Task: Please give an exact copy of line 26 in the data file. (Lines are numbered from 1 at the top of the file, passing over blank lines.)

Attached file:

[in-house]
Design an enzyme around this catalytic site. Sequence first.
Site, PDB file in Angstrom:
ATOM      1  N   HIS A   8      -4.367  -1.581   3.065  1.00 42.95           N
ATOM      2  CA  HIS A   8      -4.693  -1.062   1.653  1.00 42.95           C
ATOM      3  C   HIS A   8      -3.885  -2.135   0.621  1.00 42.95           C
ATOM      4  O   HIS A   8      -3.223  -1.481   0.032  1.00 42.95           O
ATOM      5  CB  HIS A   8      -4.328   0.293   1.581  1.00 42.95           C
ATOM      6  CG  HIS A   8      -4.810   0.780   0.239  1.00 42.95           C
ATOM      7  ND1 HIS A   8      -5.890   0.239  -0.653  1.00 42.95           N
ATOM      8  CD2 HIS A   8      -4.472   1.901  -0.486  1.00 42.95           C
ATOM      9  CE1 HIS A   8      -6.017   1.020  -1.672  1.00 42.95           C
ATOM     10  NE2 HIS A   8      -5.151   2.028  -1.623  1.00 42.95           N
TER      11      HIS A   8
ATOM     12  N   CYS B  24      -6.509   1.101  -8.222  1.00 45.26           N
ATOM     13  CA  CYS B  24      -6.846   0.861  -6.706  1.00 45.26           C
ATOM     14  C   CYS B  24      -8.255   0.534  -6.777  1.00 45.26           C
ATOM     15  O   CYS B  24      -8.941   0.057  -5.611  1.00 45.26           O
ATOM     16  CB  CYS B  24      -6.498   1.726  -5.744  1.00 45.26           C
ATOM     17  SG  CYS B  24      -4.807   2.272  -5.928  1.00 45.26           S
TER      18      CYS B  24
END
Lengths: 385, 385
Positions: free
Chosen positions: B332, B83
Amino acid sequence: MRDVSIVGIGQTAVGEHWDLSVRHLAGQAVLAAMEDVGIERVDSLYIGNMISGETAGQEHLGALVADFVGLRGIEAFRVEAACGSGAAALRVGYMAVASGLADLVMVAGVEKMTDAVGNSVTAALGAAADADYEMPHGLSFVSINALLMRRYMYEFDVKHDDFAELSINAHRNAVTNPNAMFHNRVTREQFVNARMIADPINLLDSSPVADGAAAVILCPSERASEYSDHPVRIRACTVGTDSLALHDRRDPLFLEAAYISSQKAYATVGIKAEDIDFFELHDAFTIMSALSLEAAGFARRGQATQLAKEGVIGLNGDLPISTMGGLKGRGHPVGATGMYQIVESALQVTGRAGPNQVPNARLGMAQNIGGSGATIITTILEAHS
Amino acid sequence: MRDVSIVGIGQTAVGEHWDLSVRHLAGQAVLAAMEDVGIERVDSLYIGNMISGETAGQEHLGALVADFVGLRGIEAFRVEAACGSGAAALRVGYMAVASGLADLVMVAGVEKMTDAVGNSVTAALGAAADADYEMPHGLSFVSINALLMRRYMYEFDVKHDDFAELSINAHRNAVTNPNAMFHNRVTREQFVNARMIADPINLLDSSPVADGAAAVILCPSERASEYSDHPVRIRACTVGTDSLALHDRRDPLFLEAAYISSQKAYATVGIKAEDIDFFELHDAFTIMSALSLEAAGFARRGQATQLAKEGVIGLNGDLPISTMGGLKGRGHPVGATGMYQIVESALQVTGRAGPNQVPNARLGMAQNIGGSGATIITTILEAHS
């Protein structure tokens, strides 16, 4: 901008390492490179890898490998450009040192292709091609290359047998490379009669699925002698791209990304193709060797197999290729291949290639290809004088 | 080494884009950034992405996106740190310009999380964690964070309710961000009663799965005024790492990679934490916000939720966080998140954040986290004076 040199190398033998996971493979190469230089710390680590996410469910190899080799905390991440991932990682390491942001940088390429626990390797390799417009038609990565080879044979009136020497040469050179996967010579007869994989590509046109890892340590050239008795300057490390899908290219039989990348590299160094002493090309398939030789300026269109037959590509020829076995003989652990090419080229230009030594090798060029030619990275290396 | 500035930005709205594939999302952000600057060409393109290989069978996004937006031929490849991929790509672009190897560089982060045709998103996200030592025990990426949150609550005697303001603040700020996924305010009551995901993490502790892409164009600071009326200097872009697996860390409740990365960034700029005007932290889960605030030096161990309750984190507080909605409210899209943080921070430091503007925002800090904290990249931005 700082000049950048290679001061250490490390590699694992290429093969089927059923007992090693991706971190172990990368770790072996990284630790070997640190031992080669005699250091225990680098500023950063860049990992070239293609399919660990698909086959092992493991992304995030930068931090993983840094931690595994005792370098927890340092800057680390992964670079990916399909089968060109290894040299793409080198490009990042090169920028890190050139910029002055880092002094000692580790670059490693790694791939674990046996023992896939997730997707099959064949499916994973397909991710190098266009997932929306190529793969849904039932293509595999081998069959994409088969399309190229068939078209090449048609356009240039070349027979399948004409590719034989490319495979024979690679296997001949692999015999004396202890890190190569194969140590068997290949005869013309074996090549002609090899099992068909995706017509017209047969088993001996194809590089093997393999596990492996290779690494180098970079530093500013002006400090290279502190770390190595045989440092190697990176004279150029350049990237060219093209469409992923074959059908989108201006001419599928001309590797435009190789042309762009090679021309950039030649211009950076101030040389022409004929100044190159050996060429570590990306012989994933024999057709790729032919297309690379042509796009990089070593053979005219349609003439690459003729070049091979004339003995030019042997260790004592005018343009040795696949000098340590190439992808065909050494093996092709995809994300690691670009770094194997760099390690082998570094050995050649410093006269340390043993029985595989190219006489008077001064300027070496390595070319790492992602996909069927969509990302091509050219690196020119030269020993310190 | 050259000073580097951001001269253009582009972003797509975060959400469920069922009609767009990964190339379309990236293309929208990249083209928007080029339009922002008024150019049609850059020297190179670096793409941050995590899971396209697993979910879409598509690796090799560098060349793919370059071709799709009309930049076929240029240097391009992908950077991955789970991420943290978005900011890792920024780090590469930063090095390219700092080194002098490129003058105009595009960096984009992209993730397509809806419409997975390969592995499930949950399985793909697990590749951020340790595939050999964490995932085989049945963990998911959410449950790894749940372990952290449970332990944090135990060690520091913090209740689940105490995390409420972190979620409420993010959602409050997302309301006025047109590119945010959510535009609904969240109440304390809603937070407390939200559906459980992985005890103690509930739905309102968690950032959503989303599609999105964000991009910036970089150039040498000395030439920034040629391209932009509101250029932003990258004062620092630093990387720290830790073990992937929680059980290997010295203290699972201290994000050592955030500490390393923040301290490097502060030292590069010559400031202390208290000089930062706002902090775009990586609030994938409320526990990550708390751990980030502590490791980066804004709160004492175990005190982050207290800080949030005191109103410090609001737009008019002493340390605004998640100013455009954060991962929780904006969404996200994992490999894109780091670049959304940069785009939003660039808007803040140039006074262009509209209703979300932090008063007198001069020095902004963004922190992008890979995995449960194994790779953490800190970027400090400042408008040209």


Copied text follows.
Amino acid sequence: MRDVSIVGIGQTAVGEHWDLSVRHLAGQAVLAAMEDVGIERVDSLYIGNMISGETAGQEHLGALVADFVGLRGIEAFRVEAACGSGAAALRVGYMAVASGLADLVMVAGVEKMTDAVGNSVTAALGAAADADYEMPHGLSFVSINALLMRRYMYEFDVKHDDFAELSINAHRNAVTNPNAMFHNRVTREQFVNARMIADPINLLDSSPVADGAAAVILCPSERASEYSDHPVRIRACTVGTDSLALHDRRDPLFLEAAYISSQKAYATVGIKAEDIDFFELHDAFTIMSALSLEAAGFARRGQATQLAKEGVIGLNGDLPISTMGGLKGRGHPVGATGMYQIVESALQVTGRAGPNQVPNARLGMAQNIGGSGATIITTILEAHS